As I said before, I don’t have an answer to the “Hitler question.” I am not convinced that I need one. I am not at all sure that it is the job of Jesus’ disciples to tell Caesar or Joe Biden how to run their empires. Jesus is not in the business of empire building and maintenance. Perhaps his disciples should not be in that line of work either. Maybe it is time for the whole church, particularly that part of the church residing in the United States, to re-evaluate the symbiotic relationship it has allowed to develop between itself and the nation states within which it resides. Maybe we should begin to consider what it would mean for the church to be what it says it is, namely, one, holy and catholic. Perhaps the church should be less concerned with transforming America into a kinder, gentler empire. Maybe we should be more concerned with being transformed into a transnational community formed by the mind of Christ and mirroring the great multitude consisting of all nations, tribes and tongues described by John of Patmos in the Book of Revelation so that the Body of Christ and God’s gentle, just and peaceful reign become visible to the world. Revelation 7:13-17. “By this everyone will know that you are my disciples,” says Jesus, “if you have love for one another.” John 13:35. In this community called church, the mystery of the gospel is revealed: that the universe is held together not by law and order under the threat of violence, but by love that would rather die than kill.
Here is a poem by Wilfred Owen ripping the glorious façade of patriotic romanticism off the naked horror of war. As the clouds of war gather once again, this time over eastern Europe, we would do well to contemplate what we clinically refer to as “military action” actually entails and ask ourselves whether the sacrifices we so freely make for the maintenance of empire are really worth the price.
Dulce et Decorum Est
Bent double, like old beggars under sacks,
Knock-kneed, coughing like hags, we cursed through sludge,
Till on the haunting flares we turned our backs,
And towards our distant rest began to trudge.
Men marched asleep. Many had lost their boots,
But limped on, blood-shod. All went lame; all blind;
Drunk with fatigue; deaf even to the hoots
Of gas-shells dropping softly behind.
Gas! GAS! Quick, boys!—An ecstasy of fumbling
Fitting the clumsy helmets just in time,
But someone still was yelling out and stumbling
And flound’ring like a man in fire or lime.—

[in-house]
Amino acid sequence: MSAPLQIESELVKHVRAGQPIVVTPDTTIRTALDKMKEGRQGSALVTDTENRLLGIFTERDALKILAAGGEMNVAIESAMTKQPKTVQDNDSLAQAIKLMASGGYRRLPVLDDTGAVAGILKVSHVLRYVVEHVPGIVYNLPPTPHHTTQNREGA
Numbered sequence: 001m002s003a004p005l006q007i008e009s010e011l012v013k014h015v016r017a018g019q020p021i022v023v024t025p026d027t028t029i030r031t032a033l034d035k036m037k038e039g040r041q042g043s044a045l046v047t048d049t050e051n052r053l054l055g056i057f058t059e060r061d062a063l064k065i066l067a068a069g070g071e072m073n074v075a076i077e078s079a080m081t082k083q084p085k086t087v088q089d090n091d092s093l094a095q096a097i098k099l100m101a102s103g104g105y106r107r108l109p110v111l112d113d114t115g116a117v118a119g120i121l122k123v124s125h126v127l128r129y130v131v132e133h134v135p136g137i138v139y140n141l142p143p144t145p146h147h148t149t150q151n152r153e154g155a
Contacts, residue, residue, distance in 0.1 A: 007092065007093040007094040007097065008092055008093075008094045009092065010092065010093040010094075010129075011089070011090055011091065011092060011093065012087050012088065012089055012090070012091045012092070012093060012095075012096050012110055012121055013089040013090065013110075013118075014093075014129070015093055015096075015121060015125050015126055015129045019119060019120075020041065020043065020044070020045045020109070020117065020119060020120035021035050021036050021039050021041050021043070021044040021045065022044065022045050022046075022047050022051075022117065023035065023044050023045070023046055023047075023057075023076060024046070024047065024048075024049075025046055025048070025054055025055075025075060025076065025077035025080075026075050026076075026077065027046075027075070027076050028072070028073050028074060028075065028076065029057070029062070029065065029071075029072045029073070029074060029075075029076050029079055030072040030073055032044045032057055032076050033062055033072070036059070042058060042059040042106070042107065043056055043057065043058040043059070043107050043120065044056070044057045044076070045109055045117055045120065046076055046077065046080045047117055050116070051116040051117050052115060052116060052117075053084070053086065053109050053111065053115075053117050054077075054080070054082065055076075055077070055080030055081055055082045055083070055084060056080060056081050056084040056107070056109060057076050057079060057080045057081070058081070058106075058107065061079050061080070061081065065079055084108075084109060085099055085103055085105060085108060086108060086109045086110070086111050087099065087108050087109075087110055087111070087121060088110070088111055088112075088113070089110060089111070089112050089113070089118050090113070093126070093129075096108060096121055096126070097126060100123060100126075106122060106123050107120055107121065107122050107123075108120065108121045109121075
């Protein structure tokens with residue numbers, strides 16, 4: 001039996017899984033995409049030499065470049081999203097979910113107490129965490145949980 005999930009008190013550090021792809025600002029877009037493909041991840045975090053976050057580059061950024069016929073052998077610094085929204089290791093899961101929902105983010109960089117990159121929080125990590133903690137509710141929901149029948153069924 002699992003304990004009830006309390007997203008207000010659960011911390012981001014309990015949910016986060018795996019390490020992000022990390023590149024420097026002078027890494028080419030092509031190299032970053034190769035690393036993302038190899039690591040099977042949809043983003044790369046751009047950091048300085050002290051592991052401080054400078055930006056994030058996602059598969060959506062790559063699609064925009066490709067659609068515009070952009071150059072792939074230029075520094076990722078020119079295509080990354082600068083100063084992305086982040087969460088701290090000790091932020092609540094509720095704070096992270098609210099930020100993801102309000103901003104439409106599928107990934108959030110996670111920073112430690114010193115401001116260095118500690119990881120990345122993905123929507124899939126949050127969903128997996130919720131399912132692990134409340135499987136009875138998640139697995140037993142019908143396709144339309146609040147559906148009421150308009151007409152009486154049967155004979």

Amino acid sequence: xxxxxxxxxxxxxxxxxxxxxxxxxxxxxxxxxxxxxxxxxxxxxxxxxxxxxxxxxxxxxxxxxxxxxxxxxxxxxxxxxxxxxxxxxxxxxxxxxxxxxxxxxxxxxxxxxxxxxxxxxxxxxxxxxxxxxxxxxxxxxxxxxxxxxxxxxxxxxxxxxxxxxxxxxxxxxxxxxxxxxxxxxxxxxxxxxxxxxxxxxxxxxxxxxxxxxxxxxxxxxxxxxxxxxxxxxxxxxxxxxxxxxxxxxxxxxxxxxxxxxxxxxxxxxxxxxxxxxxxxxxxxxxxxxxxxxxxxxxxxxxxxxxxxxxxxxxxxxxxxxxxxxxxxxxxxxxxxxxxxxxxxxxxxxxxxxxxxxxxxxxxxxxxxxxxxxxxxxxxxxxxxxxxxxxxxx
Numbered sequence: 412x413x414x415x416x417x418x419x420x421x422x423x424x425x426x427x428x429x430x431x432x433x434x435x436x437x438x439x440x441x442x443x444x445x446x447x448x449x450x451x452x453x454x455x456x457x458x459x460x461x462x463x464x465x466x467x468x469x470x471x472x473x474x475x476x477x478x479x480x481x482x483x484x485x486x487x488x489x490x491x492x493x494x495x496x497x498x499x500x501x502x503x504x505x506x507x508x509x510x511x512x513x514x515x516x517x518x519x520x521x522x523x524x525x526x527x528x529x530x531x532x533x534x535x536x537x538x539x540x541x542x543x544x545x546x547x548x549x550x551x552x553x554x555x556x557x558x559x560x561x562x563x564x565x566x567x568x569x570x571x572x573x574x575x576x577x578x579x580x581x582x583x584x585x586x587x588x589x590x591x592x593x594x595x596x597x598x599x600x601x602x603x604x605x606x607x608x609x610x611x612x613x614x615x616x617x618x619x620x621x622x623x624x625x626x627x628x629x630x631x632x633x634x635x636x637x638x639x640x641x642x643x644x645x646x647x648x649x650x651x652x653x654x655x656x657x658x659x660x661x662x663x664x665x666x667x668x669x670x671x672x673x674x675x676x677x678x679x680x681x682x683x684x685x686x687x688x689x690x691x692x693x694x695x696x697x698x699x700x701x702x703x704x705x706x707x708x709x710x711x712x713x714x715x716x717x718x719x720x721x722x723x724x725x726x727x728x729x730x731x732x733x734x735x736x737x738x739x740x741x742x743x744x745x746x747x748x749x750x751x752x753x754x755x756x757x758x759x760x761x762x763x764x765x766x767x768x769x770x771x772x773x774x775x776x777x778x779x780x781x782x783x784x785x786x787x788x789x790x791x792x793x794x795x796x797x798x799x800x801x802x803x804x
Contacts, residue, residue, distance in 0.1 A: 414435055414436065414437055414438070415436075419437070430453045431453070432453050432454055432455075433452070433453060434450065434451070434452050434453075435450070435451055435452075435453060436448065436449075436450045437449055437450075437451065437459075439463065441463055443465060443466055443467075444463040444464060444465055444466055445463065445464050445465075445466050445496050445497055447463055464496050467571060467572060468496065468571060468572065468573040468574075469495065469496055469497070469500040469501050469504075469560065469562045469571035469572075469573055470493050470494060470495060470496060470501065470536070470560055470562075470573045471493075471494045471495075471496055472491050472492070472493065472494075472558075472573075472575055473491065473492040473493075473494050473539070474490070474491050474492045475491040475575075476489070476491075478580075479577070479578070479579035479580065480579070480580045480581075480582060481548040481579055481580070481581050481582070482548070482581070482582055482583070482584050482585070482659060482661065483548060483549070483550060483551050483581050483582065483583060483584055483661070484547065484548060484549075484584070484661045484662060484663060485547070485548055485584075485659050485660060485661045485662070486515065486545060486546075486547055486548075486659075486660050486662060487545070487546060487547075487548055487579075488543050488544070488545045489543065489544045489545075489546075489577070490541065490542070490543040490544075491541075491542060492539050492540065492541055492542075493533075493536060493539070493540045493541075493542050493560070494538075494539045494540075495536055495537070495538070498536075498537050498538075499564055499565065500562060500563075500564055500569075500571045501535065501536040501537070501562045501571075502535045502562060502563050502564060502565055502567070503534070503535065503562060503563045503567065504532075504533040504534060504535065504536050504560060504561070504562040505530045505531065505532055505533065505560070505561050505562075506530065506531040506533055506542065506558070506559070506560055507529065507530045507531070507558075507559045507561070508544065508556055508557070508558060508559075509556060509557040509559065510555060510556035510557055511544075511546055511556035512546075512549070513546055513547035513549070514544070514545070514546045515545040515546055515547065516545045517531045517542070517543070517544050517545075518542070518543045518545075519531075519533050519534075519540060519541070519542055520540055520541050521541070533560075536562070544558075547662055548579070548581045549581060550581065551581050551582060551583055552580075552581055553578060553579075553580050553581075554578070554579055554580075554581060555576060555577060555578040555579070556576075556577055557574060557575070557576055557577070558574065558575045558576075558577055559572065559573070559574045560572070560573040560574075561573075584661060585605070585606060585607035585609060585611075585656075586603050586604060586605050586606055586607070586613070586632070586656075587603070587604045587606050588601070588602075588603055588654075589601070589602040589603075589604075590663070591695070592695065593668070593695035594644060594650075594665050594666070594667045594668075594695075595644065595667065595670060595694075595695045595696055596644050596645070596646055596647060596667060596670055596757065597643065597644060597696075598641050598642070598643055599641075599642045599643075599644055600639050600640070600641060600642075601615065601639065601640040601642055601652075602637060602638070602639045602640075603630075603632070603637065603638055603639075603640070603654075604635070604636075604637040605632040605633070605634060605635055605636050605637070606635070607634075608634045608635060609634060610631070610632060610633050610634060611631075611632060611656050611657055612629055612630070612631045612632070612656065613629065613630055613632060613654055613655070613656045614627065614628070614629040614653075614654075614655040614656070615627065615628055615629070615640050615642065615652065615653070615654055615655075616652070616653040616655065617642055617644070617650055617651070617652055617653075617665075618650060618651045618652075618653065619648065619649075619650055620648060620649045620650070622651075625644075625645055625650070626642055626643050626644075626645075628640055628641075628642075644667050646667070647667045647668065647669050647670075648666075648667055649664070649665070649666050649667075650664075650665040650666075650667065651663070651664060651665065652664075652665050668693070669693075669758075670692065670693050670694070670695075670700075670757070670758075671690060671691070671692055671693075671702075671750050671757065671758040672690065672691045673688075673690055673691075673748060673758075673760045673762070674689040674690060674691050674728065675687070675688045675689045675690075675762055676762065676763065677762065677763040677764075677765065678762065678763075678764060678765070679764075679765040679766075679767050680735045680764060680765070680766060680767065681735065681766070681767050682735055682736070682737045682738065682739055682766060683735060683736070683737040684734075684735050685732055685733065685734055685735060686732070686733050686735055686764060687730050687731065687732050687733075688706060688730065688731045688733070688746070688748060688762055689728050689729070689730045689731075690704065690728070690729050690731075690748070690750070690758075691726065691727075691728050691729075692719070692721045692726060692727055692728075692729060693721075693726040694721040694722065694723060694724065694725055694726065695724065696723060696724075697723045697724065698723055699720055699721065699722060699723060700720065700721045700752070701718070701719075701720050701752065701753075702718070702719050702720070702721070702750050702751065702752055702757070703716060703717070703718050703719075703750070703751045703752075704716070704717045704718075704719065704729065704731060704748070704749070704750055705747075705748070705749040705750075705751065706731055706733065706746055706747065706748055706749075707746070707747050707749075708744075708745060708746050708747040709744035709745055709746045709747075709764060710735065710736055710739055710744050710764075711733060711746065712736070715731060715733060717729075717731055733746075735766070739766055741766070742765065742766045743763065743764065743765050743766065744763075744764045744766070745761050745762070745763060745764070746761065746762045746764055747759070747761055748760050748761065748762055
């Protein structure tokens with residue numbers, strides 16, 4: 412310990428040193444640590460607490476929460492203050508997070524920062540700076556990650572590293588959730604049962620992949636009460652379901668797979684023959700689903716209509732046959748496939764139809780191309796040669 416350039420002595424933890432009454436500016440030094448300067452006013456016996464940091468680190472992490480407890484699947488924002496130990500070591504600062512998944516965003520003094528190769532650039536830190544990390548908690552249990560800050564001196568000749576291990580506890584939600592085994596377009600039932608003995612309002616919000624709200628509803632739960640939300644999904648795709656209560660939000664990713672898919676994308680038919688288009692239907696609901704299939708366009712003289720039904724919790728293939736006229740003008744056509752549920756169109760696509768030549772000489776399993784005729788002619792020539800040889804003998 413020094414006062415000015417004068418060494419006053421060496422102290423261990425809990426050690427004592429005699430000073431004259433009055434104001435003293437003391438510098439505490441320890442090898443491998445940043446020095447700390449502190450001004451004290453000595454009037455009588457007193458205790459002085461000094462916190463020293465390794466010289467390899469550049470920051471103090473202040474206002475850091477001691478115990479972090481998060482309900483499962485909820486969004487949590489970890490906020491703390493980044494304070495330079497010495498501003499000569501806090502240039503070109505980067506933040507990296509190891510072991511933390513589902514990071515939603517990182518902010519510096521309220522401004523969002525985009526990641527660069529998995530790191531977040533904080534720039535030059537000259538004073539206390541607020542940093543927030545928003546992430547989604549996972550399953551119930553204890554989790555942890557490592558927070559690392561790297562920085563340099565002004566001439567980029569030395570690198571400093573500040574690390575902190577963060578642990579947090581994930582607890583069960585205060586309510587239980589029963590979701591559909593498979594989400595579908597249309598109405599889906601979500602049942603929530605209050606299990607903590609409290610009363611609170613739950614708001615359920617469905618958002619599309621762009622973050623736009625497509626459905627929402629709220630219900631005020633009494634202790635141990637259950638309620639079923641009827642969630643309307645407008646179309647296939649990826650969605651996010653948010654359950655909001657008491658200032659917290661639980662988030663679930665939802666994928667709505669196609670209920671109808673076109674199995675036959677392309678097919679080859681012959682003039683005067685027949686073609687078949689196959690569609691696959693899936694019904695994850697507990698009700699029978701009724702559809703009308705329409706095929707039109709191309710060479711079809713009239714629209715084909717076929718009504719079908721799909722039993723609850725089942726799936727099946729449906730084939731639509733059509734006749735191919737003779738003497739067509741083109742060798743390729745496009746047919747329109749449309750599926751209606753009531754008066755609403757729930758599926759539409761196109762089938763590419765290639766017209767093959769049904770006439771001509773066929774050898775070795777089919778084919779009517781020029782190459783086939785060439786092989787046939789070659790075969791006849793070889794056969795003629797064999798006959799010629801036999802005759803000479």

Dim through the misty panes and thick green light,
As under a green sea, I saw him drowning.
In all my dreams before my helpless sight,
He plunges at me, guttering, choking, drowning.
If in some smothering dreams, you too could pace
Behind the wagon that we flung him in,
And watch the white eyes writhing in his face,
His hanging face, like a devil’s sick of sin;
If you could hear, at every jolt, the blood
Come gargling from the froth-corrupted lungs,
Obscene as cancer, bitter as the cud
Of vile, incurable sores on innocent tongues,—
My friend, you would not tell with such high zest
To children ardent for some desperate glory,
The old Lie: Dulce et decorum est
Pro patria mori.
Wilfred Owen (1893–1918) was an English poet and soldier. He was one of the leading poets of the First World War. His war poetry on the horrors of trenches and gas warfare was much influenced by his mentor, Siegfried Sassoon, and stood in contrast to the public perception of war at the time and to the confidently patriotic verse written by other war poets such as Rupert Brooke. Owen enlisted with the British armed forces in 1915 and fought in the First World War during which he was seriously wounded. His experiences inspired several poems graphically portraying the horrors of war. Upon recovering, he returned to the front, though he might have honorably remained at home. His decision was motivated less by patriotism than his passion for unmasking the grusome realities of the war. Owen was killed in action in the fall of 1918, just one week before the Armistice. You can read more about Wilfred Owen and sample more of his poetry at the Poetry Foundation website.
 In point of fact, that is pretty much what the world did do. The United States rejected the immigration application of Anne Franke’s family and turned back a ship with almost 1,000 Jewish refugees from the port of Miami due to “security concerns.” I doubt the rest of the world would have batted an eye if, instead of embarking on the mad warpath of world domination, Hitler had been content to keep his army at home and murder the Jews within his borders.
 Dulce et decorum est Pro patria mori. Quotation from the Latin poet, Horace, meaning, “It is sweet and fitting to die for the homeland.”